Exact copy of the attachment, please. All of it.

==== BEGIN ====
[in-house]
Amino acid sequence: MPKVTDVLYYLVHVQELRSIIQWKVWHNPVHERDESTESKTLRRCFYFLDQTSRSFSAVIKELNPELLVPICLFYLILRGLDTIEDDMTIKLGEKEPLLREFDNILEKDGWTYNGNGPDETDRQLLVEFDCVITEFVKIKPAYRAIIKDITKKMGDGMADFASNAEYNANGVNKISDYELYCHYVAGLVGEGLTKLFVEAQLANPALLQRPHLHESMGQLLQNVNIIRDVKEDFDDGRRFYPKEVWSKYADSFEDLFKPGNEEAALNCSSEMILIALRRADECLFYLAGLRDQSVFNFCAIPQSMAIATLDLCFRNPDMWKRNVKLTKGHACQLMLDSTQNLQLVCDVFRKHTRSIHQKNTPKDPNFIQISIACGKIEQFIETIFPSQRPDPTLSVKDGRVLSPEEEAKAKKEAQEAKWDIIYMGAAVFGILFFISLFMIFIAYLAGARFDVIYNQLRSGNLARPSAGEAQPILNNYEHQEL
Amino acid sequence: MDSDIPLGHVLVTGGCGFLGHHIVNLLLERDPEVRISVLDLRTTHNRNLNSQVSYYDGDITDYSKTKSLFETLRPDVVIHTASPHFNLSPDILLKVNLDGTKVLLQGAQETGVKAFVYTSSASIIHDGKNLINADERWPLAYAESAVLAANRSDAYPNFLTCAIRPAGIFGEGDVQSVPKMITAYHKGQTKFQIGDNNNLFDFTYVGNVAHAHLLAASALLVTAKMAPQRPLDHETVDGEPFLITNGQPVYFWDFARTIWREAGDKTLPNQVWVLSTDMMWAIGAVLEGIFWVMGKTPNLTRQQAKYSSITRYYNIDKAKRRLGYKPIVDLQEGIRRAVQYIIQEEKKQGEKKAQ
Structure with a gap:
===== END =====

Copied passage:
[in-house]
Amino acid sequence: MPKVTDVLYYLVHVQELRSIIQWKVWHNPVHERDESTESKTLRRCFYFLDQTSRSFSAVIKELNPELLVPICLFYLILRGLDTIEDDMTIKLGEKEPLLREFDNILEKDGWTYNGNGPDETDRQLLVEFDCVITEFVKIKPAYRAIIKDITKKMGDGMADFASNAEYNANGVNKISDYELYCHYVAGLVGEGLTKLFVEAQLANPALLQRPHLHESMGQLLQNVNIIRDVKEDFDDGRRFYPKEVWSKYADSFEDLFKPGNEEAALNCSSEMILIALRRADECLFYLAGLRDQSVFNFCAIPQSMAIATLDLCFRNPDMWKRNVKLTKGHACQLMLDSTQNLQLVCDVFRKHTRSIHQKNTPKDPNFIQISIACGKIEQFIETIFPSQRPDPTLSVKDGRVLSPEEEAKAKKEAQEAKWDIIYMGAAVFGILFFISLFMIFIAYLAGARFDVIYNQLRSGNLARPSAGEAQPILNNYEHQEL
Amino acid sequence: MDSDIPLGHVLVTGGCGFLGHHIVNLLLERDPEVRISVLDLRTTHNRNLNSQVSYYDGDITDYSKTKSLFETLRPDVVIHTASPHFNLSPDILLKVNLDGTKVLLQGAQETGVKAFVYTSSASIIHDGKNLINADERWPLAYAESAVLAANRSDAYPNFLTCAIRPAGIFGEGDVQSVPKMITAYHKGQTKFQIGDNNNLFDFTYVGNVAHAHLLAASALLVTAKMAPQRPLDHETVDGEPFLITNGQPVYFWDFARTIWREAGDKTLPNQVWVLSTDMMWAIGAVLEGIFWVMGKTPNLTRQQAKYSSITRYYNIDKAKRRLGYKPIVDLQEGIRRAVQYIIQEEKKQGEKKAQ
Structure with a gap: